An eight-year-old project by the London Police Service, ‘Project Learn’ is being called discriminatory against students.

During ‘Project Learn’ police target areas of the city that typically have more complaints about loud noise and rowdy partying, and that tends to include student areas near Western University and Fanshawe College.

Those who live in student-heavy neighbourhoods like Eunice Diamond say they are happy to have police around.

“Students aren't out to be horrible, but when they know the police are watching, they're a lot better.”

But students say they're all being painted with the same brush, and now one man is challenging the constitutionality of ‘Project Learn.’

Gerald Parker, executive director of The Institute of Canadian Justice, is writing letters to the provincial government and the City of London.

He says “There has to be a balance. And creating a situation where all kids are tarred and feathered as the same, I take exception to that. Those kids take exception to that.”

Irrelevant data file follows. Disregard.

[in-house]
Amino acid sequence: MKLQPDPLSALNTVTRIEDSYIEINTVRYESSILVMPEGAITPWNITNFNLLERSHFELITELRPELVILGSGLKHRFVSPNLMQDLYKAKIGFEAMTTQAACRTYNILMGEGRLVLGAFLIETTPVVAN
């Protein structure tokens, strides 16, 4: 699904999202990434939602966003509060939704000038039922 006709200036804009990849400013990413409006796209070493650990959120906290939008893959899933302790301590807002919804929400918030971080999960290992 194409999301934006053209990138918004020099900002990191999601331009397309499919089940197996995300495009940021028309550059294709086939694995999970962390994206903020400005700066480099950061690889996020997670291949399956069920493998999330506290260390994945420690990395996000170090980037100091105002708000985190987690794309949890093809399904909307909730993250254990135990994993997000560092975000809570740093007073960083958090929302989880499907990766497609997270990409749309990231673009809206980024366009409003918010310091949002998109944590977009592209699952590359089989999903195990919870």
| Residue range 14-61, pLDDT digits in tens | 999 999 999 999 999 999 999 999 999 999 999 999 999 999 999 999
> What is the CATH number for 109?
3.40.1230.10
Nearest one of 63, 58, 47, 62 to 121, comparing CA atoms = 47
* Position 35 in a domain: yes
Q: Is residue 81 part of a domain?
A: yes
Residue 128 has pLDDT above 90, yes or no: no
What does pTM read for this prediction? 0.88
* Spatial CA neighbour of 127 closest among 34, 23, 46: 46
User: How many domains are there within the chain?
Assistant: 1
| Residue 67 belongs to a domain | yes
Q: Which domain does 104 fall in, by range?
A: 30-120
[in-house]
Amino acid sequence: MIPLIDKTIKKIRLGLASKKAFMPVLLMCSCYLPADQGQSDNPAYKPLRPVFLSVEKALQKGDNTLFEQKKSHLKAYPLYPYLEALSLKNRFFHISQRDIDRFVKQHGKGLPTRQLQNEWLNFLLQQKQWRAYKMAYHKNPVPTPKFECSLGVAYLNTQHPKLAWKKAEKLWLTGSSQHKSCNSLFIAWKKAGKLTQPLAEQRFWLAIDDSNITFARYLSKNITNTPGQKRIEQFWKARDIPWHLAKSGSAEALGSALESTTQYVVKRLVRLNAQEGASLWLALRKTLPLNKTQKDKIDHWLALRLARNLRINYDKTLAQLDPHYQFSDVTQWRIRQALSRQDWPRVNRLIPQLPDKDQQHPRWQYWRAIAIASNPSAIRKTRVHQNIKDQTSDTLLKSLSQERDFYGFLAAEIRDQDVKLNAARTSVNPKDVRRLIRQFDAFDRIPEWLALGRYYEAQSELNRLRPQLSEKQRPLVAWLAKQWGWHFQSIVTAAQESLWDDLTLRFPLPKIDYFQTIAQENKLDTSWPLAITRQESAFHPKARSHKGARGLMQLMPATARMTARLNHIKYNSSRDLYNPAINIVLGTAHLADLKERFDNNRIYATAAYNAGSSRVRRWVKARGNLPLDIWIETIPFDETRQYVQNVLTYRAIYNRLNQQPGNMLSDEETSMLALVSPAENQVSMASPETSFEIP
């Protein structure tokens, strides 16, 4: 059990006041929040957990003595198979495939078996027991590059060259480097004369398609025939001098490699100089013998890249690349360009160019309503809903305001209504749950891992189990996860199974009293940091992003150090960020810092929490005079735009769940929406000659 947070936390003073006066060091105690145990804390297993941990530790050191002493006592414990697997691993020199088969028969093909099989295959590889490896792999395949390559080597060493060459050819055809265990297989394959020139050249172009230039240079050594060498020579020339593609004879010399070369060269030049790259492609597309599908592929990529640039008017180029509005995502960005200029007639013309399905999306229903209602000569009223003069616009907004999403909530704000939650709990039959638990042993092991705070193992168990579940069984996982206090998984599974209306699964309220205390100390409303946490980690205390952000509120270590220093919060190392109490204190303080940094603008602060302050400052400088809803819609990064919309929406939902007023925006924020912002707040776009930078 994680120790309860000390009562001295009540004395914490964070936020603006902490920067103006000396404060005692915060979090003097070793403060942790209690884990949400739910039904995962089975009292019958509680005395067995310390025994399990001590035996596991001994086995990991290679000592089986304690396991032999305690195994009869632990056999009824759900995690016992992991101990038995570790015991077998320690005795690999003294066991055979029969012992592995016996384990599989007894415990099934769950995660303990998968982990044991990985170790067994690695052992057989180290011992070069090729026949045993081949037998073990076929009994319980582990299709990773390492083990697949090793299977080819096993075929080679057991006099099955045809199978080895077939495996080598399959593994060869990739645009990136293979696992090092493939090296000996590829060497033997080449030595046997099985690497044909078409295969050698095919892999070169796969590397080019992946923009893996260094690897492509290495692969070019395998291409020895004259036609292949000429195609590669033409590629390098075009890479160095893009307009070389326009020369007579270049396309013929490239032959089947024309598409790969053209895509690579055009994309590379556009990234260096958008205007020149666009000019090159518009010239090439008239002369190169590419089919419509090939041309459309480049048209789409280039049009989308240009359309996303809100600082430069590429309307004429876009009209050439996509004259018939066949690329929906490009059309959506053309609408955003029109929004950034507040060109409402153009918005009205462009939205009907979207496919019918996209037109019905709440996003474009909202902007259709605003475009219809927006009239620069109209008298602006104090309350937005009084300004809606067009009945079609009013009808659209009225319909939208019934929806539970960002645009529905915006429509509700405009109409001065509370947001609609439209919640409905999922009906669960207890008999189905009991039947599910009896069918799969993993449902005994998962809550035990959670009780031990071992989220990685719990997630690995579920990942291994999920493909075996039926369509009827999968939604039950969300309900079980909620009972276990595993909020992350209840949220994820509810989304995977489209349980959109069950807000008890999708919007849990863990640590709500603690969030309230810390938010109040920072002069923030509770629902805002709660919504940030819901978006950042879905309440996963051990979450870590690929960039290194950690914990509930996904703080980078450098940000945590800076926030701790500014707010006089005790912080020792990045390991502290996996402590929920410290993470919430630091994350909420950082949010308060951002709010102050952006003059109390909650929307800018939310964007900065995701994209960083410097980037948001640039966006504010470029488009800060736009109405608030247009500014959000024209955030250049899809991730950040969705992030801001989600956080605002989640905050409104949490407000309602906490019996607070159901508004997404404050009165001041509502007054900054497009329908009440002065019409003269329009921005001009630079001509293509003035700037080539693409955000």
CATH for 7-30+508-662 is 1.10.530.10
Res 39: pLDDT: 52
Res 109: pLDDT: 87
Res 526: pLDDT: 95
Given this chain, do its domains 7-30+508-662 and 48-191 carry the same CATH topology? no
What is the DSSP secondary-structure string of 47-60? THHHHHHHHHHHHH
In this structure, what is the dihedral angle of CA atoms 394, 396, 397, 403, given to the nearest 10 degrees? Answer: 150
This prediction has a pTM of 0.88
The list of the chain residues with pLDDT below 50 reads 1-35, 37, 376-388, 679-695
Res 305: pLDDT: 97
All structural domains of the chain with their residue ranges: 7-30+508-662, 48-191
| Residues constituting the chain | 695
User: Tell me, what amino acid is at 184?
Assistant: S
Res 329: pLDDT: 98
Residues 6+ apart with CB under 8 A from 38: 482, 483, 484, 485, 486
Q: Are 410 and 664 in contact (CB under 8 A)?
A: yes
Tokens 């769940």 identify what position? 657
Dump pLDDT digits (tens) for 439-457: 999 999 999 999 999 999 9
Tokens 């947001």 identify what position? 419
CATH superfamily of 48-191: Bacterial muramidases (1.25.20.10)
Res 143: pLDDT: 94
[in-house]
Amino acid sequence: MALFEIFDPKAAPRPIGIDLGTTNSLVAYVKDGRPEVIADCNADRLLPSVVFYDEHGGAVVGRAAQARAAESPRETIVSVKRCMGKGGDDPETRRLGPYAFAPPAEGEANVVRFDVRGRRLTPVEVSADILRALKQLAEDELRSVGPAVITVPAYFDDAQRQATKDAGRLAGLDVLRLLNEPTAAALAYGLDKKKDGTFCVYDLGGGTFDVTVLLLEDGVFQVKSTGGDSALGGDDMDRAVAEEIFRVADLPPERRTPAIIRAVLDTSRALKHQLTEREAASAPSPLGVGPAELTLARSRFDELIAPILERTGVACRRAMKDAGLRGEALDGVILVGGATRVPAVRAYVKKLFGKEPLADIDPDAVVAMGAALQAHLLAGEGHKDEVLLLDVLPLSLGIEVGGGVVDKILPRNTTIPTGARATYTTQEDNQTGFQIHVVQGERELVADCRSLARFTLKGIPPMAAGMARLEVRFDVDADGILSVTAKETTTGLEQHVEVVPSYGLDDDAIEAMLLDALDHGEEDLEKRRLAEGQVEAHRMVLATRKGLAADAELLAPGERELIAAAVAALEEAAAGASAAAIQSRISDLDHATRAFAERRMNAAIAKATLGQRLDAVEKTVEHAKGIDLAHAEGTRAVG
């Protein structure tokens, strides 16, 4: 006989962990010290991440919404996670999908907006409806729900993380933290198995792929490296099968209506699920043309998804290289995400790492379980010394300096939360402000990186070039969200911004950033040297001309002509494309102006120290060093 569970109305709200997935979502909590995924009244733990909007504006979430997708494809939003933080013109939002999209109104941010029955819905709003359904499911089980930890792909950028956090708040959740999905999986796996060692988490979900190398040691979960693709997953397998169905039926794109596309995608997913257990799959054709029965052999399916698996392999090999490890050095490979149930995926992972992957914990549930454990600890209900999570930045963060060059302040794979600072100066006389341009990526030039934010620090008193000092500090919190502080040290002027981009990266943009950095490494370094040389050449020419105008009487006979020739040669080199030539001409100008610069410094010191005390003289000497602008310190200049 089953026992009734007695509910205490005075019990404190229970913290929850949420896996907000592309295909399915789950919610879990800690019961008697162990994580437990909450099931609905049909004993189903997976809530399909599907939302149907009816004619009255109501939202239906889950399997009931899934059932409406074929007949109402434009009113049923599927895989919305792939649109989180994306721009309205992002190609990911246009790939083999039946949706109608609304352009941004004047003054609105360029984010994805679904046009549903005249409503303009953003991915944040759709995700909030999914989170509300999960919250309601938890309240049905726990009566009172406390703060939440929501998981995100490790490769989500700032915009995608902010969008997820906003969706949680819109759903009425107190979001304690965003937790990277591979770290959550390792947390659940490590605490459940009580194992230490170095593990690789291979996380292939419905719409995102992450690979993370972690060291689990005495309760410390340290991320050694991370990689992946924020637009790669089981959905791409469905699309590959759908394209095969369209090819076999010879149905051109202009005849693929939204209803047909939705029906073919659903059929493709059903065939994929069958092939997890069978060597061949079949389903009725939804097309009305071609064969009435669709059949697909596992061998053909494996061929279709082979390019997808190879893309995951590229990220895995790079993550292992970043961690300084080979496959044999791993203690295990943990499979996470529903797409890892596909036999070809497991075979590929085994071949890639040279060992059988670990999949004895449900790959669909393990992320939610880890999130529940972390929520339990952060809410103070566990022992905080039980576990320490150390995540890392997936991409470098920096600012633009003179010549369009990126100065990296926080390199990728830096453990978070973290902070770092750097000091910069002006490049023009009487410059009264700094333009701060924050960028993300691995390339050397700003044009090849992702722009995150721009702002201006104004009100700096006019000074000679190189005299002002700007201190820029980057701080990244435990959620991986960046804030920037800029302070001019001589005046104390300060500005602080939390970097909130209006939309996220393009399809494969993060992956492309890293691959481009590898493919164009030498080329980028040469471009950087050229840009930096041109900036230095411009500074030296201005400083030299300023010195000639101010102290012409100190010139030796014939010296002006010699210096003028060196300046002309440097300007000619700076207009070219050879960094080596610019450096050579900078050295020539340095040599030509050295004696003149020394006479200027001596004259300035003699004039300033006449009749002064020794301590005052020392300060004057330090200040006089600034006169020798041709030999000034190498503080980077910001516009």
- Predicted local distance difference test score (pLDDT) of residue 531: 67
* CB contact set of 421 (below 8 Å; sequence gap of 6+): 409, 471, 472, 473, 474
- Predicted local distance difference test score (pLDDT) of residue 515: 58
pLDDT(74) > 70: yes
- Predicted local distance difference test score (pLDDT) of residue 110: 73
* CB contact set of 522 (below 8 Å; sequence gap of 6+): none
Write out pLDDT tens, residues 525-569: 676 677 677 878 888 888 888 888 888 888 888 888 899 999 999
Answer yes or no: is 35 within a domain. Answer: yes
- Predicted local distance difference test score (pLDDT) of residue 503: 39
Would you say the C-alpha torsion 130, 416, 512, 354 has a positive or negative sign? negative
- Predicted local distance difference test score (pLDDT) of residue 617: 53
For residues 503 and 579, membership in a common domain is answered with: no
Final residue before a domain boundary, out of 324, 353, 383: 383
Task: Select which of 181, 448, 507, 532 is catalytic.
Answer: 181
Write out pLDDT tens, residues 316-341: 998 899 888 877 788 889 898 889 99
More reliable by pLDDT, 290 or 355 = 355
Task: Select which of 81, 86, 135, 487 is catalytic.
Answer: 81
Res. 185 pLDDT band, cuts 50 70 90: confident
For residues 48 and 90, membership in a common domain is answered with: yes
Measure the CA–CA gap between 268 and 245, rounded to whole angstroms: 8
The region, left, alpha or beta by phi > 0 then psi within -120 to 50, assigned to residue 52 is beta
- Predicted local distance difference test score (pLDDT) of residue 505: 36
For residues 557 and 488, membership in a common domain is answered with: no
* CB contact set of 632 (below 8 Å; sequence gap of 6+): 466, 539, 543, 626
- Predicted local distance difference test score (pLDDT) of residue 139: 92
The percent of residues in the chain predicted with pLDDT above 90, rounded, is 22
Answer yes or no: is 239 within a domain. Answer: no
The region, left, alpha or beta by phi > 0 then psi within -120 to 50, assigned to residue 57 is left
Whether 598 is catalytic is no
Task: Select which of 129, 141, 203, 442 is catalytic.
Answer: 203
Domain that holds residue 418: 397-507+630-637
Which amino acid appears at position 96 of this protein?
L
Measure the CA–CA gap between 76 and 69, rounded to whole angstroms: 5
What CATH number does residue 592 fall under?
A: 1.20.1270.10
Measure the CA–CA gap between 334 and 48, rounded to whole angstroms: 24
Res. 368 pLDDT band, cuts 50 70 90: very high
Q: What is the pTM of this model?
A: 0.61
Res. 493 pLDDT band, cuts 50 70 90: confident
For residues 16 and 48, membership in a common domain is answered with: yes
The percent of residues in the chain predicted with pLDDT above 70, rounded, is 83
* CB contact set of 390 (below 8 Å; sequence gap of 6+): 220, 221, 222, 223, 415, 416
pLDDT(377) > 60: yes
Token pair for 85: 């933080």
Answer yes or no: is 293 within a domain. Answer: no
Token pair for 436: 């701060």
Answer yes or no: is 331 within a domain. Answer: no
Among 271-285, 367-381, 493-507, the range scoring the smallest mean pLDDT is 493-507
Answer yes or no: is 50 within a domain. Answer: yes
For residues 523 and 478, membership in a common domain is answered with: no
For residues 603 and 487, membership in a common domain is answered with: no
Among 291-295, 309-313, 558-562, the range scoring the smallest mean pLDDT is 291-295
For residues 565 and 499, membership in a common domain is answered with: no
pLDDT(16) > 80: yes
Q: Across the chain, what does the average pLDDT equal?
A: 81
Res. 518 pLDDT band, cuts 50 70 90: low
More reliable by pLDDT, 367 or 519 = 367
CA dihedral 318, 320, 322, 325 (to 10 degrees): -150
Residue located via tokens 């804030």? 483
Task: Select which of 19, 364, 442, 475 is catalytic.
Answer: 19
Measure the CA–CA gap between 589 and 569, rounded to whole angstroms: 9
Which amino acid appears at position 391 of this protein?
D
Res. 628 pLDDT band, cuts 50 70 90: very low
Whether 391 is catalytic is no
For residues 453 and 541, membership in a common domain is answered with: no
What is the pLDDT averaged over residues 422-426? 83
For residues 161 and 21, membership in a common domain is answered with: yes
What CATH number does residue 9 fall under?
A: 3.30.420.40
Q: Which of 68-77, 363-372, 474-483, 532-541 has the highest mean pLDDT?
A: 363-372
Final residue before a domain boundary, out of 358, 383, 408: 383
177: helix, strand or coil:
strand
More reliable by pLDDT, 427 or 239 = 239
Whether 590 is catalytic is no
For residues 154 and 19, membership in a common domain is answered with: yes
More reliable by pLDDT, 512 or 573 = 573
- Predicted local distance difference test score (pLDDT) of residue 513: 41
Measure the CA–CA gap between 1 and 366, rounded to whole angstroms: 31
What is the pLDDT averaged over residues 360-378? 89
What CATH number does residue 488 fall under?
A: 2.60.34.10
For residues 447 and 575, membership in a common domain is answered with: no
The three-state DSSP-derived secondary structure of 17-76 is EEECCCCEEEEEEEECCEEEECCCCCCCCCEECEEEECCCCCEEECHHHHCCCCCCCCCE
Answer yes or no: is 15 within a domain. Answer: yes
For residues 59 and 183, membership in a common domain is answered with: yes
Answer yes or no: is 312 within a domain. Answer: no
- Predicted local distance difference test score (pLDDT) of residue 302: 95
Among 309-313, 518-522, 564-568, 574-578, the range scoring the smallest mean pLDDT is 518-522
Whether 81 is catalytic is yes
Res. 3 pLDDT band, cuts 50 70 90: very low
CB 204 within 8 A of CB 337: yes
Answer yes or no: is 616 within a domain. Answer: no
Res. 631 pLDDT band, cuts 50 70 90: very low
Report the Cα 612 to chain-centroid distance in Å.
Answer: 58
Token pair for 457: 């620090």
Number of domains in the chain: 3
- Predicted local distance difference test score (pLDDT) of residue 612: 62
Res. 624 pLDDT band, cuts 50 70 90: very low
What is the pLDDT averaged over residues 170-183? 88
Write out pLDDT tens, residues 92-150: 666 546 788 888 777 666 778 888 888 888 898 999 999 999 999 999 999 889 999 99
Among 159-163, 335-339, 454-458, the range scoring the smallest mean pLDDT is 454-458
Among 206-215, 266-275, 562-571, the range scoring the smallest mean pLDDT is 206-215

Parker’s son has been ticketed under ‘Project Learn.’

But police say the project doesn't unfairly target students, despite the fact that enforcement is largely in student areas.

In the first two weeks of September, police handed out 940 provincial offence notices in almost equal numbers – 491 to students and 449 to others.

They've also laid 29 criminal charges - six against students and 23 against others.

Const. Ken Steeves says “We don't make the laws, we enforce them. The purpose of the laws is to ensure that not only the students themselves, but people within the neighbourhood have a lawful enjoyment of their homes and their properties.”

Western University’s student council president has also spoken out on the issue in the past and says he'd like to see more education rather than heavy fines for students.